Rats, mice and sparrows flourished in their villages
The presence of arable weeds reflects increased sedentism.



Dorothy Garrod identified the Natufian culture
While excavating Shuqba near Jerusalem
During digs at Mount Carmel Palestine
She coined the cultural label for the late Epipalaeolithic Natufian culture
Following her excavations at Es Skhul and El Wad
Her discovery and definition of the Natufians
First in Shuqba cave and later in El Wad cave and terrace
Became one of the cornerstones for understanding
The transition from foraging to farming
In the Fertile Crescent
Trained by R. R. Marett at Oxford
And the Abbé Henri Breuil in France
Her excavations at the cave sites in the Levant
Were conducted with almost exclusively women workers
Recruited from local villages
In what was then Palestine
They began their excavations in 1928
The excavations in El Wad, Es Skhul, and Et Tabun caves
Were conducted from 1929 through 1934.



Several skeletons bore body decorations
The remains of a 45 year-old woman were separate
She had bone spurs on her pelvis and spine
Indicating she suffered physical ailments
Accompanying her burial are the remains
Of the tail bones from a cow a wing
Bone from a golden eagle a forearm
Of a boar 50 tortoise carapace pieces
Two marten skulls pelvis of a leopard
And a fully articulated foot
From another person. Male gazelle horns
A pointed bone tool and a round pebble
A fragment of a worn basalt bowl
Seashells. Her body was held in place
By 10 large stones. She’s intricately buried in a complicated position
Her legs splayed out and folded
Unlike the other individuals
She was perhaps a shaman
Or the grave could be showing the beginnings of social stratification.



The Natufians lined graves with a soft mud veneer and then placed on the veneer
A thick cover of fresh flowering plants
In a fluorescence of symbolic activity
Allowing soft delicate plant tissues
To leave their precise impressions
These plants flower in spring
Most have a strong aromatic fragrance
Some possess medical qualities
The greens linings were thick and continuous
The impressions were formed before midsummer
Their superbly carved sculptures, animal figurines, and jewelry
Their villages were excavated by women in Palestine
In the village at Hatula
On the western edge of the Shephelah hills
Abundant cup-marks in a large block of limestone
7 cupmarks
They always appear in groups
Up to 30 on the same stone slab
The seven cup marks are surrounded by 5 or 6 very shallow depressions
20 cm in diameter.
The peculiar order of cup marks, the number seven involved
The proximity to the dwelling may suggest
A game board
They decorated their bodies with beads.



Using flint knives and chisels
They carved a figurine of a pig from limestone
They inscribed a human face on a pebble
A gazelle head made of bone
A kneeling gazelle figurine in limestone
A headless human figure in limestone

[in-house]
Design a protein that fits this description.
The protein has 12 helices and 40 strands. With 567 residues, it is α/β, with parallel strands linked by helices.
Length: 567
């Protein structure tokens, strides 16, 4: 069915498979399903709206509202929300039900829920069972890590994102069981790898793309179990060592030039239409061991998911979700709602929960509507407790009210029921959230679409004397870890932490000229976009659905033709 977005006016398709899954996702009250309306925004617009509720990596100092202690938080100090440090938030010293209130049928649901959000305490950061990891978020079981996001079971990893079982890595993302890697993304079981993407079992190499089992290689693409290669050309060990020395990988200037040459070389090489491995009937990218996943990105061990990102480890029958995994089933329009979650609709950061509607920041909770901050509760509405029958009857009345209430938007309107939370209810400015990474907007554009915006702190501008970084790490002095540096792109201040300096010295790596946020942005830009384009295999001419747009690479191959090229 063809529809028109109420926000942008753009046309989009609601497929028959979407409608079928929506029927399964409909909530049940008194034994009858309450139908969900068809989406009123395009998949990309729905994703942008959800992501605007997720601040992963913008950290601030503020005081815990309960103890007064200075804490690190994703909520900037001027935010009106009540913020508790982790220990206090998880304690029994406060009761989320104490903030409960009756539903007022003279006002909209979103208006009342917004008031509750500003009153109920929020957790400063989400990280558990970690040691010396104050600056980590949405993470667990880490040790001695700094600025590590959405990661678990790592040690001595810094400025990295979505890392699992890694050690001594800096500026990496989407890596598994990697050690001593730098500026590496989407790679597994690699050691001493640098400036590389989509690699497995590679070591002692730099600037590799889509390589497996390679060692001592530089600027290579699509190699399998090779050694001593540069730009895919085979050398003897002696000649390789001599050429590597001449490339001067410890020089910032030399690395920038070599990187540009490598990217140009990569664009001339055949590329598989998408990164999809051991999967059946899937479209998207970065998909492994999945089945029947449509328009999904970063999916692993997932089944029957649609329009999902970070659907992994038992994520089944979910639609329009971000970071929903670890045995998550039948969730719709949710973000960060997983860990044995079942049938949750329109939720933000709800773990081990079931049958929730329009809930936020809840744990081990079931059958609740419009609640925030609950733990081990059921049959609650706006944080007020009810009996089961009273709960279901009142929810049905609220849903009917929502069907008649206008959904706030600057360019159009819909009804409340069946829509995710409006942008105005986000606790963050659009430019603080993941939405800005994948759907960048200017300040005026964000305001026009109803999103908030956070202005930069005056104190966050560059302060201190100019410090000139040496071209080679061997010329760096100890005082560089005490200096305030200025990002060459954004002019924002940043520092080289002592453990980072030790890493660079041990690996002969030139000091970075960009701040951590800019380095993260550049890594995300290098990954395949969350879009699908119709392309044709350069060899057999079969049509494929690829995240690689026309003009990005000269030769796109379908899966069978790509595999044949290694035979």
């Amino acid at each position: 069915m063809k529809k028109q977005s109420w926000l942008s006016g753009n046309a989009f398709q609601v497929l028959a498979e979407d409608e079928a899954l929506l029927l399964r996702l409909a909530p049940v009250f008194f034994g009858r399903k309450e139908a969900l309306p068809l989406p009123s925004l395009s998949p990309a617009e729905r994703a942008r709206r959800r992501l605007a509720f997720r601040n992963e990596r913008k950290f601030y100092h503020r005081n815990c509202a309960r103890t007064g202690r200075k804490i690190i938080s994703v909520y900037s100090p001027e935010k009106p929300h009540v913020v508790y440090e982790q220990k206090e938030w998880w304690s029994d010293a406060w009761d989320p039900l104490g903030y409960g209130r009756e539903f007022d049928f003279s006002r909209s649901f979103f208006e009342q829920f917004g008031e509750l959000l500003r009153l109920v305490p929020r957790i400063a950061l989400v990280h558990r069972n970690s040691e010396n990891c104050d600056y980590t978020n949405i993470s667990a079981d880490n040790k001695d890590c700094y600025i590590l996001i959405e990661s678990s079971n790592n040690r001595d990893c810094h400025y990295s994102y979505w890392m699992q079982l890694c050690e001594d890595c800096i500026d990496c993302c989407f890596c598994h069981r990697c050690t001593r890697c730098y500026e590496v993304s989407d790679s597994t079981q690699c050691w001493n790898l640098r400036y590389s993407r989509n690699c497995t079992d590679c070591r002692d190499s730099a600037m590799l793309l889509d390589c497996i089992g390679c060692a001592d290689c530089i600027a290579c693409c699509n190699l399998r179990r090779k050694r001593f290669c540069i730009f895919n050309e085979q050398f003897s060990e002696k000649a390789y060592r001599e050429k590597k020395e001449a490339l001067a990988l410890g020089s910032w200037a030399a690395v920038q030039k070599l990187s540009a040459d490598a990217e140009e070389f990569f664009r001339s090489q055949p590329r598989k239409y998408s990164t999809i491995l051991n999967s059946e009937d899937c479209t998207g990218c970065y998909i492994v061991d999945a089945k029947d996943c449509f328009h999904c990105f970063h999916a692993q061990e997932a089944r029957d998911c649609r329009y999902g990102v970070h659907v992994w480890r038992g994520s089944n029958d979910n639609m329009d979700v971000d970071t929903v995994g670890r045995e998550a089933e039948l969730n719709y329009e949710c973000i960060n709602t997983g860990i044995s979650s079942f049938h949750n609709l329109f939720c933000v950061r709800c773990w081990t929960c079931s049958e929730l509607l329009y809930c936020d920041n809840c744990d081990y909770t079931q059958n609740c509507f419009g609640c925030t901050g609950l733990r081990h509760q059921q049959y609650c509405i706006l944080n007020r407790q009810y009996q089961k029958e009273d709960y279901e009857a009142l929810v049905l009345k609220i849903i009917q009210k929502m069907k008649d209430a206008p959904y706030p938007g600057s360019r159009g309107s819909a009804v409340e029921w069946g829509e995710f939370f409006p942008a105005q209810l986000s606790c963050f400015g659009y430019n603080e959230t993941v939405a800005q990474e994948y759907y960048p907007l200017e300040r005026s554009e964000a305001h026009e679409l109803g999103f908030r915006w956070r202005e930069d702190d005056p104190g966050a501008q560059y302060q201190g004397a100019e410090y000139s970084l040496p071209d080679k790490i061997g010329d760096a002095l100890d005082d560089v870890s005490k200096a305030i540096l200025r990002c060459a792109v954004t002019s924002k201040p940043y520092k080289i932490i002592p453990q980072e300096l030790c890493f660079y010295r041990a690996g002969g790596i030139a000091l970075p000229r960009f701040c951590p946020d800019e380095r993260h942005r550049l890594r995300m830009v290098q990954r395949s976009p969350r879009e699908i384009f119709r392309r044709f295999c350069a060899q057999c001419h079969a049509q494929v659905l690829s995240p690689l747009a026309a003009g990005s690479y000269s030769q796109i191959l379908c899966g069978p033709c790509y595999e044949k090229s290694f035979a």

A basalt pestle with a phallic termination
An exceptional figurine was found at Ain Sakhri near Bethlehem
Roughly 10 cm tall
It depicts two persons engaged in intercourse
Two people embraced in a sensuous pose
Two naked people wrapped up in each other
When you move it to look in different ways
The figurine changes
A limestone figurine with an owl at one end and a dog’s head at the other
The term figurine should be defined
Enigmatic zoomorphic or anthropomorphic entities
Of any size
Anthropomorphic pebbles
Three-dimensional cylindrical to globular objects
Of transitional industry.



On the stone head from Eynan/Ain Mallaha
Traces of the artist’s tool marks are still visible
The eyes, formed by three concentric curving lines
Dominate the lower portion of the face
Which has been bisected by a broad horizontal band
The eyes are disproportionately large
The upper portion of the head
Is incised with diagonal lines,
Which may represent hair or ornamentation
The Ain Sakhri lovers figurine
Was found by a Bedouin in a cave near Bethlehem
Was found by René Neuville in a museum in Palestine
It was 1933
The Bedouin took the consul to the cave
The cave was a domestic site, not a burial place
Indicating that the calcite representation of entwined lovers
On a rounded riverstone
Was of quotidian significance
The tenderness of the embracing figures
Suggests this is love
Suggests nothing about fertility
Neither facial features nor gender are determinable
When the figurine is turned in the hand
One end shows a penis
The other end two breasts
From another view a vagina is visible
The sculpture of the lovers
Is about an act of love
It is the first kissing couple
And the earliest uses of flowers.



With crops came weeds
Or from weeds, crops
And what is a flower
They went into the corn to kiss
Weeds and kissing go together
Here are the famous lovers.



Canadian poet Lisa Robertson has published many books, most recently 3 Summers from Coach House, and the essay collection Nilling, from BookThug (both Toronto). Recent texts written for artists have been included in the catalogues The Blue One Comes in Black (Liz Magor; Triangle France and Mousse Publishing) and Strange (Karl Larsson; Mousse Publishing).